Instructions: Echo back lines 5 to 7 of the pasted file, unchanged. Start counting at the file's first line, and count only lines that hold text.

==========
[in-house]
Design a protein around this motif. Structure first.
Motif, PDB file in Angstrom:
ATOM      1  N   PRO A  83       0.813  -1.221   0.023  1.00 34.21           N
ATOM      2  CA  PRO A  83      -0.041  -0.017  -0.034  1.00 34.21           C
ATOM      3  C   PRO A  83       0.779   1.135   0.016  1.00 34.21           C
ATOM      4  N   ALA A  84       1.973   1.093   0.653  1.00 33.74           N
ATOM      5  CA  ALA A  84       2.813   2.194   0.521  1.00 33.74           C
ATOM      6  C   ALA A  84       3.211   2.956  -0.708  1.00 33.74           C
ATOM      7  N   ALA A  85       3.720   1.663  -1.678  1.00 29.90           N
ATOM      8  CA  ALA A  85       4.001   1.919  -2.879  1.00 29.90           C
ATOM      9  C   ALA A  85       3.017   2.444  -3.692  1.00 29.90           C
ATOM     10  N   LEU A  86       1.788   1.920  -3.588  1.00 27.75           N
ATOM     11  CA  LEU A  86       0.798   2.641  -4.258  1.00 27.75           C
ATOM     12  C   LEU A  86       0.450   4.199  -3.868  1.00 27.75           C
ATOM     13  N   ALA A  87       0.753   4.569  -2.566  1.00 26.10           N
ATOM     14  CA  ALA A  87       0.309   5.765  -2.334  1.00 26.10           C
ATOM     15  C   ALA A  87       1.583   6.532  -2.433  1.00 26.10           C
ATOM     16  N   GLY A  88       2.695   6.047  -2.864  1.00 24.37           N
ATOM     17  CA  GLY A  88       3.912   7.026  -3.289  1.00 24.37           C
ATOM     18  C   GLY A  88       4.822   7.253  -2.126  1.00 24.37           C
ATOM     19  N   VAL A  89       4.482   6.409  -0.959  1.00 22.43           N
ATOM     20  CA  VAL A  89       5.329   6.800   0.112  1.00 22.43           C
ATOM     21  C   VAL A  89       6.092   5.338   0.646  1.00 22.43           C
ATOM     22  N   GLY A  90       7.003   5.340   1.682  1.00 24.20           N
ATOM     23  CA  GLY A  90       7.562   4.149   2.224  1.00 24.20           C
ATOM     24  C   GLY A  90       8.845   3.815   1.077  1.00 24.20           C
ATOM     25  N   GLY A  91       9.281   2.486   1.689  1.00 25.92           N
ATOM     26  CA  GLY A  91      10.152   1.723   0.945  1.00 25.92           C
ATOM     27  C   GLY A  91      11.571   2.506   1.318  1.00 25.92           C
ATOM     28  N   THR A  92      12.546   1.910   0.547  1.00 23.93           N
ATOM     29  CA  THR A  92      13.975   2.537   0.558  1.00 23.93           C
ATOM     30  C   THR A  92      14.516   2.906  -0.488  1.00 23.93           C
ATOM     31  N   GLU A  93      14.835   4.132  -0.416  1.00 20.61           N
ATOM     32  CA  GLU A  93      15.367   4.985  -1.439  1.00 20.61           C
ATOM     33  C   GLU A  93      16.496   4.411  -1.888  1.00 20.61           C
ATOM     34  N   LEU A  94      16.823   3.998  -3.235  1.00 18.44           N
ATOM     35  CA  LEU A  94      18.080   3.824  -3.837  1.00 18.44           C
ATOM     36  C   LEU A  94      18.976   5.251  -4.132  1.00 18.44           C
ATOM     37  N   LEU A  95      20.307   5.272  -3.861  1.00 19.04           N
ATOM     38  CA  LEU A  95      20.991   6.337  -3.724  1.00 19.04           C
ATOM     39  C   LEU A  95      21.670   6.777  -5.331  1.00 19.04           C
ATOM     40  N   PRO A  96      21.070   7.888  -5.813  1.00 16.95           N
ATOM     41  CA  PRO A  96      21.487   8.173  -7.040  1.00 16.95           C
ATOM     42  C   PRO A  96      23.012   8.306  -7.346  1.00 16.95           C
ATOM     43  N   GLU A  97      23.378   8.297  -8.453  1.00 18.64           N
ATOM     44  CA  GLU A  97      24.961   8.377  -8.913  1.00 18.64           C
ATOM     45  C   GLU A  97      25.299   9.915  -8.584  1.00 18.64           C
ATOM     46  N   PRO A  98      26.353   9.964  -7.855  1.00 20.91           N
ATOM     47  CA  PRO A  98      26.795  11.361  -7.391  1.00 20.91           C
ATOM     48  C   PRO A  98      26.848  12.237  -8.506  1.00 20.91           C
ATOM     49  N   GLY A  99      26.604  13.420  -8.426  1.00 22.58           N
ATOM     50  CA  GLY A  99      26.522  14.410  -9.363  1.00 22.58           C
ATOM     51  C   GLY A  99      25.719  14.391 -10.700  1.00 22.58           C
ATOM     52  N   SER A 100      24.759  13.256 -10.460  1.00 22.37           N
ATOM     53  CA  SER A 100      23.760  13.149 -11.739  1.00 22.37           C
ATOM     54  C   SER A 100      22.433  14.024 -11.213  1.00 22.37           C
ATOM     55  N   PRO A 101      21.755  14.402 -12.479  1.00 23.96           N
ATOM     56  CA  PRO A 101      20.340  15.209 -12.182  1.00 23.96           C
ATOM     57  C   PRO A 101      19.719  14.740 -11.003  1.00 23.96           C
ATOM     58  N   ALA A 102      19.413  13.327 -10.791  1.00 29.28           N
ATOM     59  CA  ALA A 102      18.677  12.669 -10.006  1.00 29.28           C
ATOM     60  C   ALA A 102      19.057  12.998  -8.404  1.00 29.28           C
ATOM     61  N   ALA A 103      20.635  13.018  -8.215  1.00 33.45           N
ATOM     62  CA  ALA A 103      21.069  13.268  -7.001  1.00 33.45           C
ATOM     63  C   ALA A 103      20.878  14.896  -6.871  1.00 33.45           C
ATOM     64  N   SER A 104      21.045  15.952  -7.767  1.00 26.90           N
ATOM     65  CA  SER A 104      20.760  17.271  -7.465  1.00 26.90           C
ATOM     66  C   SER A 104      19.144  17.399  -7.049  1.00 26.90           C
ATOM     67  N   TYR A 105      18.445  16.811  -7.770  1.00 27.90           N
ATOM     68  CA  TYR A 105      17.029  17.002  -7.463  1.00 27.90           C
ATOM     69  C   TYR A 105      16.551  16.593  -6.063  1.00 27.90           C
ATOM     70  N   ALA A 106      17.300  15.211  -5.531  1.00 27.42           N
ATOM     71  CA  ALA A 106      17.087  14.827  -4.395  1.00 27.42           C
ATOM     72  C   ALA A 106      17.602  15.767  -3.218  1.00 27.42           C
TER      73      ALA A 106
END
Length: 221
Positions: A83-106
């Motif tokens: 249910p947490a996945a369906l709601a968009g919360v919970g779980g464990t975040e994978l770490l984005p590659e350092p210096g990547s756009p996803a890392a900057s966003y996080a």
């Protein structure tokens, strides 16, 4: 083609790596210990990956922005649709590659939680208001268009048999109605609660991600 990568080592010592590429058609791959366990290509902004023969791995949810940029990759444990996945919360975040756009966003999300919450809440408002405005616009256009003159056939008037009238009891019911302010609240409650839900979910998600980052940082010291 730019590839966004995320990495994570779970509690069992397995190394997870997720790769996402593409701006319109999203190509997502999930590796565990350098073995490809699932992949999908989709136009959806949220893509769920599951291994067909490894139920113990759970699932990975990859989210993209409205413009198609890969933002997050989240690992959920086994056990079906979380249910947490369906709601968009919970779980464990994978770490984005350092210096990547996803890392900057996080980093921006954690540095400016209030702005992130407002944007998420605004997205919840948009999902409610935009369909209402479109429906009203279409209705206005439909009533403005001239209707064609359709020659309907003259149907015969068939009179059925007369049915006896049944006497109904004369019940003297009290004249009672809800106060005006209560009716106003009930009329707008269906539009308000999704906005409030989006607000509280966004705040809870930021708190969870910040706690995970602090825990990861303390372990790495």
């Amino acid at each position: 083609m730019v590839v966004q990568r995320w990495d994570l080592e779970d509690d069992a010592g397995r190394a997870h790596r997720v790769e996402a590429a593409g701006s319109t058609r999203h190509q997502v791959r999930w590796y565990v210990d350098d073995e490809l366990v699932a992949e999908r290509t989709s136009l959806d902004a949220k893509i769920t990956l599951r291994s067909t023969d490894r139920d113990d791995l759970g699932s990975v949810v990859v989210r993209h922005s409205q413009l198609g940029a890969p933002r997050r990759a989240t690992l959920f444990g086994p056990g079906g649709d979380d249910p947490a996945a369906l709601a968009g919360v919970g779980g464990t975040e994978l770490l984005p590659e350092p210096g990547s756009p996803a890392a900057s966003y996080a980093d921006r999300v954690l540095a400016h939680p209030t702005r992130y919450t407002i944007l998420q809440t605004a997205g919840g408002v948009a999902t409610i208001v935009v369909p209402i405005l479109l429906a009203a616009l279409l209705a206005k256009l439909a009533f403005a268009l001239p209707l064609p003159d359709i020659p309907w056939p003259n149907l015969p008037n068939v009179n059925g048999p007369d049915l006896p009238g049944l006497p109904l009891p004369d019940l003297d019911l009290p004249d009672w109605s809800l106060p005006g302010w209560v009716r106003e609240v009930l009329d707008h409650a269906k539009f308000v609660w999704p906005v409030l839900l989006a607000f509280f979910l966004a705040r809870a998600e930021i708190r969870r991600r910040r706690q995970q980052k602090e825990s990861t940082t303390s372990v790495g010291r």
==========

ATOM      2  CA  PRO A  83      -0.041  -0.017  -0.034  1.00 34.21           C
ATOM      3  C   PRO A  83       0.779   1.135   0.016  1.00 34.21           C
ATOM      4  N   ALA A  84       1.973   1.093   0.653  1.00 33.74           N